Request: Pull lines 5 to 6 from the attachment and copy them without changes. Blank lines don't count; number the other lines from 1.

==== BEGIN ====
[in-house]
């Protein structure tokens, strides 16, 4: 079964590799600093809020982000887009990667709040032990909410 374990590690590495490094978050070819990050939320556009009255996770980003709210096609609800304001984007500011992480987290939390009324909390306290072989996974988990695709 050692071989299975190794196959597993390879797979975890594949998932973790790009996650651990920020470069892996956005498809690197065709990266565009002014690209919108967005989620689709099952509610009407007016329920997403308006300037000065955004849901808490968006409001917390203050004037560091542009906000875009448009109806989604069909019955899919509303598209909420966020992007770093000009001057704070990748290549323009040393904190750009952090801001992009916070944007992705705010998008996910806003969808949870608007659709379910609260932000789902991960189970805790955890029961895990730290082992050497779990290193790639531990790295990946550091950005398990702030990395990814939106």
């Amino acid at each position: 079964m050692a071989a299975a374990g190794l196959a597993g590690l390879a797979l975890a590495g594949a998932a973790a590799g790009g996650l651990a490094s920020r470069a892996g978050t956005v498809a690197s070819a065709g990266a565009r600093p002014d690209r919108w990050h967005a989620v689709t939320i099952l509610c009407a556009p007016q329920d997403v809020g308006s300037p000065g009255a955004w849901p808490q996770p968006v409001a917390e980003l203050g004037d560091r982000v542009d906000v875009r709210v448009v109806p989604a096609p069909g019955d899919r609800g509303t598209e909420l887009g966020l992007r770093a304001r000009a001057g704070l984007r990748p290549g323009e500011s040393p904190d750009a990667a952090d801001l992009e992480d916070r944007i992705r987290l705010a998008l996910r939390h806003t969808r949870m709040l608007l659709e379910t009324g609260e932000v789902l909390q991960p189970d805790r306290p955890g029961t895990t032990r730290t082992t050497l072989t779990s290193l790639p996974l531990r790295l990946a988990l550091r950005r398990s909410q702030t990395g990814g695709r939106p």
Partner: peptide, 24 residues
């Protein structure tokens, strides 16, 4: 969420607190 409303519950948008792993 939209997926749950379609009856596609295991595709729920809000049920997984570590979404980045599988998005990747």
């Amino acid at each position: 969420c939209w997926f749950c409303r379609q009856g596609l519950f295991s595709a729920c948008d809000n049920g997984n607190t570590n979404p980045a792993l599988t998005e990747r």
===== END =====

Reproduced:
């Protein structure tokens, strides 16, 4: 969420607190 409303519950948008792993 939209997926749950379609009856596609295991595709729920809000049920997984570590979404980045599988998005990747």
């Amino acid at each position: 969420c939209w997926f749950c409303r379609q009856g596609l519950f295991s595709a729920c948008d809000n049920g997984n607190t570590n979404p980045a792993l599988t998005e990747r």